And there’s more: Another follow-up study (Prediction of Radiographic Progression in Rheumatoid Arthritis and the Role of Antibodies against Mutated Citrullinated Vimentin: Results from a Ten-Year Prospective Study), which first appeared online in the Annals of the Rheumatoid Diseases, The EULAR journal, in July 2009, showed that patients with active rheumatoid arthritis have significantly higher serum titres of MCV antibodies than patients with mild rheumatoid arthritis (Syversen et al. 2009). The researchers were not able to achieve similar RA stratification with the anti-CCP test because the anti-CCP serum titres of both groups were nearly identical.
The upshot is that RA patients with a positive anti-MCV test result and negative anti-CCP test result experience a more aggressive progression of the disease than those patients who have a negative result for both antibodies. Also, the anti-MCV autoantibodies are clearly good markers for progression involving joint destruction in the early phase of rheumatoid arthritis.
I am thus curious to know if you are using ORGENTEC Diagnostika’s Anti-MCV assay for the diagnosis and stratification of rheumatoid arthritis? And I would also like to know what your experience with our test has been like!
Author of this article: Tobias Stolzenberg
Aletaha, D., Neogi, T., Silman, A.J., Funovits, J., Felson, D.T., Bingham, C.O., III, Birnbaum, N.S., Burmester, G.R., Bykerk, V.P., Cohen, M.D., Combe, B., Costenbader, K.H., Dougados, M., Emery, P., Ferraccioli, G., Hazes, J.M., Hobbs, K., Huizinga, T.W., Kavanaugh, A., Kay, J., Kvien, T.K., Laing, T., Mease, P., Menard, H.A., Moreland, L.W., Naden, R.L., Pincus, T., Smolen, J.S., Stanislawska-Biernat, E., Symmons, D., Tak, P.P., Upchurch, K.S., Vencovsky, J., Wolfe, F., & Hawker, G. 2010. 2010 Rheumatoid arthritis classification criteria: an American College of Rheumatology/European League Against Rheumatism collaborative initiative. Ann Rheum Dis. 2010, 69, (9) 1580-1588 – free full text article available!
Bang, H., Egerer, K., Gauliard, A., Luthke, K., Rudolph, P.E., Fredenhagen, G., Berg, W., Feist, E., & Burmester, G.R. 2007. Mutation and citrullination modifies vimentin to a novel autoantigen for rheumatoid arthritis. Arthritis Rheum., 56, (8) 2503-2511 – free full text article available!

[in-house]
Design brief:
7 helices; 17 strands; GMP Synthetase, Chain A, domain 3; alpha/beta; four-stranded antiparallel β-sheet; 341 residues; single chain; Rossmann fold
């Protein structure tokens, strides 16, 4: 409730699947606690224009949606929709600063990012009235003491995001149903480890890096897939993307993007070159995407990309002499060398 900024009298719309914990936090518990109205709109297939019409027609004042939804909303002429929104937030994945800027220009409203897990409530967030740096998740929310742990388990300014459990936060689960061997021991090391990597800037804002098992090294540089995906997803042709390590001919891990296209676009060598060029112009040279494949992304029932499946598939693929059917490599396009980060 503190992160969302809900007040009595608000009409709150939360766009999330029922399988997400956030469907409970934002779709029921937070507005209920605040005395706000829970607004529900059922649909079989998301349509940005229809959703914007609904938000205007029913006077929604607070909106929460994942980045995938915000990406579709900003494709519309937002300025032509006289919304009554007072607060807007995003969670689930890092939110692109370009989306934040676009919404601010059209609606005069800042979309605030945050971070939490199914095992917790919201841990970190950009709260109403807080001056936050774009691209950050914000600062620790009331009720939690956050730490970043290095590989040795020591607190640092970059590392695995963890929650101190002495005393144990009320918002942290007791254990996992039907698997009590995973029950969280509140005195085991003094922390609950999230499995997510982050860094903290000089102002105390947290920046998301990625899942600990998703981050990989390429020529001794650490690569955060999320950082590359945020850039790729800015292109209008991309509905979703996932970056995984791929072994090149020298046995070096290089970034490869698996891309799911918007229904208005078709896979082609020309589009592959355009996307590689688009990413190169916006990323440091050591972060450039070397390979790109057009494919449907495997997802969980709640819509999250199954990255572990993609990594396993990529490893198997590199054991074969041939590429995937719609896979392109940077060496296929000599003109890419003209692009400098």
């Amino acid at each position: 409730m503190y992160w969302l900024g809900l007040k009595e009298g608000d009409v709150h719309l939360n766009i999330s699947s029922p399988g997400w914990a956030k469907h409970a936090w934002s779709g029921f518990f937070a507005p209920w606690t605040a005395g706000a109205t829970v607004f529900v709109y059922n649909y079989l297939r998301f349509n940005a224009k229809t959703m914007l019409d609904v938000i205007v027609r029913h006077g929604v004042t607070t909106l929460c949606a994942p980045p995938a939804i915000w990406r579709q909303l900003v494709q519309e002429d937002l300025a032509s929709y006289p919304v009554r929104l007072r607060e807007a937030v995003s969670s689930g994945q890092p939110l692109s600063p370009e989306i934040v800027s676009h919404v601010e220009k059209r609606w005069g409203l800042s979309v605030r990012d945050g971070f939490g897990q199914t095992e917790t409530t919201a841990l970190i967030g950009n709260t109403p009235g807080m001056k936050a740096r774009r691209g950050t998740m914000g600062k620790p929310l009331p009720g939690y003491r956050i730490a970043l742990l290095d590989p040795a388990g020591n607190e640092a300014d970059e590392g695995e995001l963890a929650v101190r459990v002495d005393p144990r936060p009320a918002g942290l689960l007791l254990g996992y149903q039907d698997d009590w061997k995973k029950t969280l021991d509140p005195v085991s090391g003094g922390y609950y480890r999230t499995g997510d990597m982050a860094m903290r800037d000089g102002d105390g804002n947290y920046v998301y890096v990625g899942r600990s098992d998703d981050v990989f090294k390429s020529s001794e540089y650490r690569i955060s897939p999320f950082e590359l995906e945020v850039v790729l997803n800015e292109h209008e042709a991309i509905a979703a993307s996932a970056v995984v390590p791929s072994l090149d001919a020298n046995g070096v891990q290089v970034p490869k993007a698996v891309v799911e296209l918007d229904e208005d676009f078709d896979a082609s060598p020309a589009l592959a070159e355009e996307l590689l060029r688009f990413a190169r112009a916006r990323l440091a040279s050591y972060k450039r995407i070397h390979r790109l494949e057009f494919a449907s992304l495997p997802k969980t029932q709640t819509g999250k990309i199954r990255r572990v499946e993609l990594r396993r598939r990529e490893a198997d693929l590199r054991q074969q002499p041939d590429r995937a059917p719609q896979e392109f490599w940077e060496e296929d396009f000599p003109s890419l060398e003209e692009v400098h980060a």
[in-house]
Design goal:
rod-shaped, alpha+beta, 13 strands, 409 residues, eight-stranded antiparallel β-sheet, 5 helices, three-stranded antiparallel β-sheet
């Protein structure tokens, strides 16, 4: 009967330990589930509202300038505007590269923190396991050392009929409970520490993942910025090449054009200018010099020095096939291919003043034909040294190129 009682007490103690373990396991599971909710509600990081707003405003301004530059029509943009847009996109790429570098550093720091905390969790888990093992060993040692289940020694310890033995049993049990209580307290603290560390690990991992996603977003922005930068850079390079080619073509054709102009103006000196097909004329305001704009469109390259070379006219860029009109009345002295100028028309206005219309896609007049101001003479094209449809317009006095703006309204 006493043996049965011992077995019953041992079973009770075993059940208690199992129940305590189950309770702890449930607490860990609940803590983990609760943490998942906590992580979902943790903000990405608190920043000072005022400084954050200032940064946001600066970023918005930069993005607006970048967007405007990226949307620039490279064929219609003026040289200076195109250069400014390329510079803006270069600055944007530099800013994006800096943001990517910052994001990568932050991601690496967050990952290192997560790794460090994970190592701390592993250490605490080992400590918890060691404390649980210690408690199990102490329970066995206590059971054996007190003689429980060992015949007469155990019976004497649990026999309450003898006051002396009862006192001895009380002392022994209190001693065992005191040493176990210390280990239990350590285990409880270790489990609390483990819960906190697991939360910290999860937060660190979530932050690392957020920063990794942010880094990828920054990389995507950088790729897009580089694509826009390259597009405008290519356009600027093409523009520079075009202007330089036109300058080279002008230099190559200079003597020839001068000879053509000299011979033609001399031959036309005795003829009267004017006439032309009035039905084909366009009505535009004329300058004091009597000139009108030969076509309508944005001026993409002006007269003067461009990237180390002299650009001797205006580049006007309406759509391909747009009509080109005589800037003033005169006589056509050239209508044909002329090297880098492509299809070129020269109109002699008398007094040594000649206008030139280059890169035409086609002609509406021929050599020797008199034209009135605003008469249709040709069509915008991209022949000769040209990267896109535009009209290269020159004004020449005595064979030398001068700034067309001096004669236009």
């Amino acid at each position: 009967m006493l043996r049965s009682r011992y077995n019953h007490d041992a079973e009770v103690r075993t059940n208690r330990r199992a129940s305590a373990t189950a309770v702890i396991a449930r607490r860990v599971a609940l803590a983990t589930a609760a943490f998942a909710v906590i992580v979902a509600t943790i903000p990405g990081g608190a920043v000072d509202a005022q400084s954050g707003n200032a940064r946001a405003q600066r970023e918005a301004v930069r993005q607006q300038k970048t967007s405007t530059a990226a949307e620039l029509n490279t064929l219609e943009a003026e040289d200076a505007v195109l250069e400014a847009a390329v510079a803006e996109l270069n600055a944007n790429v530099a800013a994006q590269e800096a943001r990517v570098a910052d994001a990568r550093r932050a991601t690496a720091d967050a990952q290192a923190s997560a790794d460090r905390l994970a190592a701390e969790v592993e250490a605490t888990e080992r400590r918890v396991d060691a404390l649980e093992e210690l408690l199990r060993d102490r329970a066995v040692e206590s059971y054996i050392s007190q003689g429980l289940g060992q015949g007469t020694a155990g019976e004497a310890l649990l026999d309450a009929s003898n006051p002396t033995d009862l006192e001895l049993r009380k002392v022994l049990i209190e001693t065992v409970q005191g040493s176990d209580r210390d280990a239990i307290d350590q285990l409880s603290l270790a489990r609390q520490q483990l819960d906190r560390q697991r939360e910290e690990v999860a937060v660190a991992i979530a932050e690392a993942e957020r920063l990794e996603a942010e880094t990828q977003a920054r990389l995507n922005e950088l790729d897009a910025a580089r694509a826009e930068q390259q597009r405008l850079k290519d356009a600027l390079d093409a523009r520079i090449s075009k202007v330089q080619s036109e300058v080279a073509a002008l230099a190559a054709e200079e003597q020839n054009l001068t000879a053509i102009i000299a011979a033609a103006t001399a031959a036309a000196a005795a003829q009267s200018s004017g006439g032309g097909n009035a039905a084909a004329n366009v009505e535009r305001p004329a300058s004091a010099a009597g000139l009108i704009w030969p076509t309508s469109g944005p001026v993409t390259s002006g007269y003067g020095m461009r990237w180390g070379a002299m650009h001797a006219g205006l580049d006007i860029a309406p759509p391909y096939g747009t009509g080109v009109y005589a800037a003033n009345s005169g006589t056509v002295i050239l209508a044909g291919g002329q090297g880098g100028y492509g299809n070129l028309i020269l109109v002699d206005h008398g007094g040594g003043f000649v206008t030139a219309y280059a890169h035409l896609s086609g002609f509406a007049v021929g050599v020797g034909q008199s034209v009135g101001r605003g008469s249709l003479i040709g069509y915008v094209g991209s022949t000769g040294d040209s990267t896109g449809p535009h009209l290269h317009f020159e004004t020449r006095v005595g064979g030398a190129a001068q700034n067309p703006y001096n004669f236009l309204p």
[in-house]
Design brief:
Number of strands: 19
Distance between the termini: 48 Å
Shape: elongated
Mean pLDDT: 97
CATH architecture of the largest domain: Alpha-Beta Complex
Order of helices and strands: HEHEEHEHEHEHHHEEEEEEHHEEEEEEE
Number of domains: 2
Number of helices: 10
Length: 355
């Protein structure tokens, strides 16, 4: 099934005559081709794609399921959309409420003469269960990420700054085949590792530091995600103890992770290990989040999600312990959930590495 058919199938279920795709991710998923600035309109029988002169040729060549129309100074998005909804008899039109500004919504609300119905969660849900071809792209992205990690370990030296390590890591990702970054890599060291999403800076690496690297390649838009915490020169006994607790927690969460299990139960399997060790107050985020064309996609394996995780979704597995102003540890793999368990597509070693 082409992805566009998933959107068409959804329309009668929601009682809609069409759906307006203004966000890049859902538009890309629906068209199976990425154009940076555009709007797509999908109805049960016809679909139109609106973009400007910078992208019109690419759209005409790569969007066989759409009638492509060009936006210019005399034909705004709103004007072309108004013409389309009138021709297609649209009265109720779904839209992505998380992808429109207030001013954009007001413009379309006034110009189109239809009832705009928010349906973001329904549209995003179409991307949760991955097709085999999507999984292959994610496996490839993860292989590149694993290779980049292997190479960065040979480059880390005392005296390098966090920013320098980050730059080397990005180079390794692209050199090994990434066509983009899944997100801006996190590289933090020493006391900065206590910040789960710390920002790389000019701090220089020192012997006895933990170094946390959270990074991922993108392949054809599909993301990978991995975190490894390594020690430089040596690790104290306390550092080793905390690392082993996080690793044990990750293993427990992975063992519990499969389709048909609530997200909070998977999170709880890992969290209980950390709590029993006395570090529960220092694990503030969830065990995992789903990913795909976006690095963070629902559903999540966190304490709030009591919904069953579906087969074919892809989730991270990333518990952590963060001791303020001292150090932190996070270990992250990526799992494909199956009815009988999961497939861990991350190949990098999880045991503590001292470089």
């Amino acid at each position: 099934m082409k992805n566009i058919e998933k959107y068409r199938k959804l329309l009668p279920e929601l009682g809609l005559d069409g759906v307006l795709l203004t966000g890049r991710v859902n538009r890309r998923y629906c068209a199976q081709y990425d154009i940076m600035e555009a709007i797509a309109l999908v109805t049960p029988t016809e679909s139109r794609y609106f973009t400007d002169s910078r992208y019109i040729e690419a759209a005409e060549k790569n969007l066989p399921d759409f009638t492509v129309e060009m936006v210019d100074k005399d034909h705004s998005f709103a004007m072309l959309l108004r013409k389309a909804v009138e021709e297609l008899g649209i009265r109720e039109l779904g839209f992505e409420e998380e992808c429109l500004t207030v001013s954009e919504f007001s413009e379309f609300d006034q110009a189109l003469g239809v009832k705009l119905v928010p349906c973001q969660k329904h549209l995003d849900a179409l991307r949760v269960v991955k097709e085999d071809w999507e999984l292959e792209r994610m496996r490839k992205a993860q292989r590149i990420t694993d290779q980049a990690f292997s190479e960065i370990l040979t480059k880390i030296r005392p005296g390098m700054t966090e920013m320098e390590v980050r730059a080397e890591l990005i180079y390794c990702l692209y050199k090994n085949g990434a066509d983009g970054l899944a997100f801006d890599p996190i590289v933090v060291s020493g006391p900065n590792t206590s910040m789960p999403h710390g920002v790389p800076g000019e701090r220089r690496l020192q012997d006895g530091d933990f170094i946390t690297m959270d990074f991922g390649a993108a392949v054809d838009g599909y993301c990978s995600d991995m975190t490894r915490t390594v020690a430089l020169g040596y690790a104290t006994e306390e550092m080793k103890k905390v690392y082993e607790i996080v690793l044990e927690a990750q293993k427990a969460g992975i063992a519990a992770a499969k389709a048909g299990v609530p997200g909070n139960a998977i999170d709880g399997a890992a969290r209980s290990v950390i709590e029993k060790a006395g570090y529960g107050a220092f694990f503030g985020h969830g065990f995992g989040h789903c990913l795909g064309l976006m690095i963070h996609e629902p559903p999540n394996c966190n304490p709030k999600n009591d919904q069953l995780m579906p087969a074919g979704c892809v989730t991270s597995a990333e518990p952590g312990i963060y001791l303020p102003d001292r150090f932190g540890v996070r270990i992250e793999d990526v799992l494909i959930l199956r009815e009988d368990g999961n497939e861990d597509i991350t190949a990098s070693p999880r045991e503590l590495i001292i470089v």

Despres, N., Boire, G., Lopez-Longo, F.J., & Menard, H.A. 1994. The Sa system: a novel antigen-antibody system specific for rheumatoid arthritis. J.Rheumatol., 21, (6) 1027-1033. – external link will open the abstract
Gyorgy, B., Toth, E., Tarcsa, E., Falus, A., & Buzas, E.I. 2006. Citrullination: a posttranslational modification in health and disease. Int.J Biochem.Cell Biol., 38, (10) 1662-1677. – external link will open the abstract
Innala, L., Kokkonen, H., Eriksson, C., Jidell, E., Berglin, E., & Dahlqvst, S.R. 2008. Antibodies Against Mutated Citrullinated Vimentin Are a Better Predictor of Disease Activity at 24 Months in Early Rheumatoid Arthritis Than Antibodies Against Cyclic Citrullinated Peptides. J Rheumatol., 35, 6 – external link will open the abstract
Kinloch, A., Lundberg, K., Wait, R., Wegner, N., Lim, N.H., Zendman, A.J., Saxne, T., Malmstr, V., & Venables, P.J. 2008. Synovial fluid is a site of citrullination of autoantigens in inflammatory arthritis. Arthritis Rheum, 58, (8) 2287-2295. – external link will open the abstract
Mathsson, L., Mullazehi, M., Wick, M.C., Sjoberg, O., van, V.R., Klareskog, L., & Ronnelid, J. 2007. Antibodies against citrullinated vimentin in rheumatoid arthritis: Higher sensitivity and extended prognostic value concerning future radiographic progression as compared with antibodies against cyclic citrullinated peptides. Arthritis Rheum, 58, (1) 36-45. – free full text article available!
Smolen, J.S., Landewe, R., Breedveld, F.C., Dougados, M., Emery, P., Gaujoux-Viala, C., Gorter, S., Knevel, R., Nam, J., Schoels, M., Aletaha, D., Buch, M., Gossec, L., Huizinga, T., Bijlsma, J.W., Burmester, G., Combe, B., Cutolo, M., Gabay, C., Gomez-Reino, J., Kouloumas, M., Kvien, T.K., Martin-Mola, E., Mcinnes, I., Pavelka, K., van, R.P., Scholte, M., Scott, D.L., Sokka, T., Valesini, G., van, V.R., Winthrop, K.L., Wong, J., Zink, A., & van der Heijde, D. 2010. EULAR recommendations for the management of rheumatoid arthritis with synthetic and biological disease-modifying antirheumatic drugs. Ann Rheum Dis., 69, (6) 964-975 – free full text article available!
Syversen, S.W., Goll, G.L., van der Heijde, D., Landewe, R., Lie, B.A., Odegard, S., Uhlig, T., Gaarder, P.I., & Kvien, T.K. 2009. Prediction of radiographic progression in rheumatoid arthritis and the role of antibodies against mutated citrullinated vimentin: results from a ten-year prospective study. Ann.Rheum.Dis., 69, (2) 345-351. – link will open the abstract
Vossenaar, E.R., Radstake, T.R., Van Der, H.A., van Mansum, M.A., Dieteren, C., de Rooij, D.J., Barrera, P., Zendman, A.J., & van Venrooij, W.J. 2004. Expression and activity of citrullinating peptidylarginine deiminase enzymes in monocytes and macrophages. Ann.Rheum.Dis., 63, (4) 373-381 – free full text article available!
ORGENTEC Diagnostika Literature Service: Anti-MCV and antibodies against citrullinated protein / peptide antigens (ACPA)
blog post on ORGENTEC’s Autoimmunity Blog, posted 18/06/2010, by Tobias Stolzenberg: Recommendations on the Management of Rheumatoid Arthritis (RA) with DMARDs
H. Bang and F. Hammar. New frontiers in serodiagnosis of rheumatoid arthritis. Clinical Laboratory International, October 2008, Vol. 32, Issue 6.